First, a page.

We are independent of Federal and State Governments.

    Why is this assessment important?

    We are all impacted directly or indirectly by the Basin and what happens to it. 

    It’s our shared resource, so it’s our shared responsibility to achieve a sustainably healthy river system for our current and future generations. 

    Australia needs a sustainable and healthy river system—our economy, food security, communities and wellbeing depend on it, now and into the future.

    Why is this work important?

    The Panel will demonstrate clear leadership through this assessment, and will focus on solutions. 

    We want to enable communities – so that communities can shape their own future. 

    We must identify and deliver insights and recommendations that will support communities to ensure their long-term viability

    It’s really important work, particularly as farmers and communities cope with the impact of drought and the biggest water reform in Australia’s history.

    Is the MDBA involved?

    Where required, we will draw on the knowledge and expertise of the Murray-Darling Basin Authority (MDBA), however we do not sit within or report to the MDBA.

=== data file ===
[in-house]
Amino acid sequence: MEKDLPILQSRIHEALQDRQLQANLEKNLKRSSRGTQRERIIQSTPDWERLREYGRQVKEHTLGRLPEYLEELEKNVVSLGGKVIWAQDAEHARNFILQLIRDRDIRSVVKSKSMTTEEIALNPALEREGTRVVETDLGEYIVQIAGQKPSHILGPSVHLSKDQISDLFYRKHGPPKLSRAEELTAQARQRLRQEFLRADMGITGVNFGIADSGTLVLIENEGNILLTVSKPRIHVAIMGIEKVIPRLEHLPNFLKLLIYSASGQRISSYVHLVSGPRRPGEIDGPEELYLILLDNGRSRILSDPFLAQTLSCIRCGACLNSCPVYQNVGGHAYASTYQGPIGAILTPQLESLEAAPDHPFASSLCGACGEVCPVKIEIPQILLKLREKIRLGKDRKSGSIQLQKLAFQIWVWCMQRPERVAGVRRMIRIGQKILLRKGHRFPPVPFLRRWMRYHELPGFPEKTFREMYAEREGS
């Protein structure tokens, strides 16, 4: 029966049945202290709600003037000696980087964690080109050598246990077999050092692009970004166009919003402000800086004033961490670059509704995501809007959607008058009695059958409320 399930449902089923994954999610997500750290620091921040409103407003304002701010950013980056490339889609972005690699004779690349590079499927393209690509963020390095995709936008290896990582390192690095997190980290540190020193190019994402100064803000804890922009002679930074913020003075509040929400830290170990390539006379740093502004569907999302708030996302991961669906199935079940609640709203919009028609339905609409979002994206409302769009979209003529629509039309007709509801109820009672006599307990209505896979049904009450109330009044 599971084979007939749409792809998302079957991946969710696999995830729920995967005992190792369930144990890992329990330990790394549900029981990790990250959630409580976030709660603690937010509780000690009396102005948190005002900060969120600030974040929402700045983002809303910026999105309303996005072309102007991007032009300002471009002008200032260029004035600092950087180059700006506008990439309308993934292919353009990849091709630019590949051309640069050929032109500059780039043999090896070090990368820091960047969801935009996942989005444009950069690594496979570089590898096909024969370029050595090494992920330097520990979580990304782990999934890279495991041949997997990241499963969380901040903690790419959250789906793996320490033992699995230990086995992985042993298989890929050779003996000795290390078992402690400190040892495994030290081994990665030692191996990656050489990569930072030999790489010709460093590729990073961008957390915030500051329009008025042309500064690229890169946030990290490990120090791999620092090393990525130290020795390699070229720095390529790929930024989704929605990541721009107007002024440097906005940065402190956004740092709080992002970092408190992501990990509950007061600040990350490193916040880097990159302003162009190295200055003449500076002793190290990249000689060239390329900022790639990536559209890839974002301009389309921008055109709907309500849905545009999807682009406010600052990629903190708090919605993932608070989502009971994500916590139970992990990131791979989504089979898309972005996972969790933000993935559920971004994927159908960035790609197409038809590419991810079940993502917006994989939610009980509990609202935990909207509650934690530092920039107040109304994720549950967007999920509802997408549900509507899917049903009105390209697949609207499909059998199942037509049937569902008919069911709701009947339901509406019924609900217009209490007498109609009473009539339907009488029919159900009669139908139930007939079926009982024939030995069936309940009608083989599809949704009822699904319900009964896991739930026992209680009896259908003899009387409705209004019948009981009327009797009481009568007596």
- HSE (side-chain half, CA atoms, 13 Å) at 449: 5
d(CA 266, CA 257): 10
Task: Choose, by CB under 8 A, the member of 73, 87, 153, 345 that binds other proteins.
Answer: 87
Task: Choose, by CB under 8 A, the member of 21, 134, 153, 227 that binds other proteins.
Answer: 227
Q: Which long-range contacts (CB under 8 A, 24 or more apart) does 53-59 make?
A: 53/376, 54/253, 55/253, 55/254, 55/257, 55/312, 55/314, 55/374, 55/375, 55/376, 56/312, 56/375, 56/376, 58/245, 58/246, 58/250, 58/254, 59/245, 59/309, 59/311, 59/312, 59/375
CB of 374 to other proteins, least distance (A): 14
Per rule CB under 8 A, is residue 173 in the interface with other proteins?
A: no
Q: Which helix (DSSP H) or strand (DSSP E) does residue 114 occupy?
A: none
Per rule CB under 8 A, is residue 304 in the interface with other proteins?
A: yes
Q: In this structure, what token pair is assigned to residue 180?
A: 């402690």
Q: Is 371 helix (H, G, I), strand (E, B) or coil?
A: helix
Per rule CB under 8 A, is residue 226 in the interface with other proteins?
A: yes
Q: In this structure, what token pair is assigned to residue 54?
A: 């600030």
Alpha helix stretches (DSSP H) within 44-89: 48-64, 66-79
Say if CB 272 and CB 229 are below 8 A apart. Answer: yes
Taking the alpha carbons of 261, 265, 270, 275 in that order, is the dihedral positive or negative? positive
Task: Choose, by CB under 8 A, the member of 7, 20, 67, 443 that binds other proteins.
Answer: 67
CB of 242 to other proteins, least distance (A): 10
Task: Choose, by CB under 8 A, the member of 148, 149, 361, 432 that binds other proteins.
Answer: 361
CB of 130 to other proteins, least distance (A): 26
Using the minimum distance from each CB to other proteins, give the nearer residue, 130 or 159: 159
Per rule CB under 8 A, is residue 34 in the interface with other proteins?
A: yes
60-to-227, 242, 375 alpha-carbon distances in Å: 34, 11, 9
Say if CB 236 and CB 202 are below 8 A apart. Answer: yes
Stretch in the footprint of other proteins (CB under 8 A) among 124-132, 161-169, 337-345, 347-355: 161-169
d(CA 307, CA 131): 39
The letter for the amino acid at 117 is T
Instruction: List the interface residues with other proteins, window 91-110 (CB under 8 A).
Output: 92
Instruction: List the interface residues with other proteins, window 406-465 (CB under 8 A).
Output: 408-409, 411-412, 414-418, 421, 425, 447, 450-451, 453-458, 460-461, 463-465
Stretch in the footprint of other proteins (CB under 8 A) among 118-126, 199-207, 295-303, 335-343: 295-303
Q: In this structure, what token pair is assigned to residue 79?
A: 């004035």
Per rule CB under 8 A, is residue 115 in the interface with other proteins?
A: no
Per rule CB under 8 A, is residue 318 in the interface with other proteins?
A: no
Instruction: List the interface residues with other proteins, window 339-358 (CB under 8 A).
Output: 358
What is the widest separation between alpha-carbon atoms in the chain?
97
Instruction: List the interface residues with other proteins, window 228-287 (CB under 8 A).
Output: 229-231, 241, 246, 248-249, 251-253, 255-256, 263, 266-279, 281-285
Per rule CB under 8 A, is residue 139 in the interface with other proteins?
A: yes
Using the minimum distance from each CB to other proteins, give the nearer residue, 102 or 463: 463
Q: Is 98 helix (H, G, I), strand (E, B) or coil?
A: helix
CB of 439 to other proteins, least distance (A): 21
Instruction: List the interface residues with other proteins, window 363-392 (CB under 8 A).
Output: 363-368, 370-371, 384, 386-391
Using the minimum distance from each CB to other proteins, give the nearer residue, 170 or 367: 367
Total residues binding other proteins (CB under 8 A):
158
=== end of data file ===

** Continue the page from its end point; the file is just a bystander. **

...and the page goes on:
Are the right people on the Panel to represent communities?

    The Panel’s independence is of critical importance. 

    The Chair (Robbie Sefton) has been selected based on her strong background in regional, rural and agricultural issues. 

    Aren't communities suffering because of the Basin Plan?

    The Panel is not reviewing the Murray-Darling Basin Plan. 

    It is conducting a social and economic assessment of the Basin and its communities. 

    It will look at the underlying causes of the social and economic conditions across the Basin as communities deal with issues such as drought, demographic change, commodity price changes and the biggest water reform in Australia’s history. 

    This assessment will be provided to Minister Littleproud, who will in turn share it with State Ministers so that they can use the insights to determine next steps.

    How important is the Murray-Darling Basin?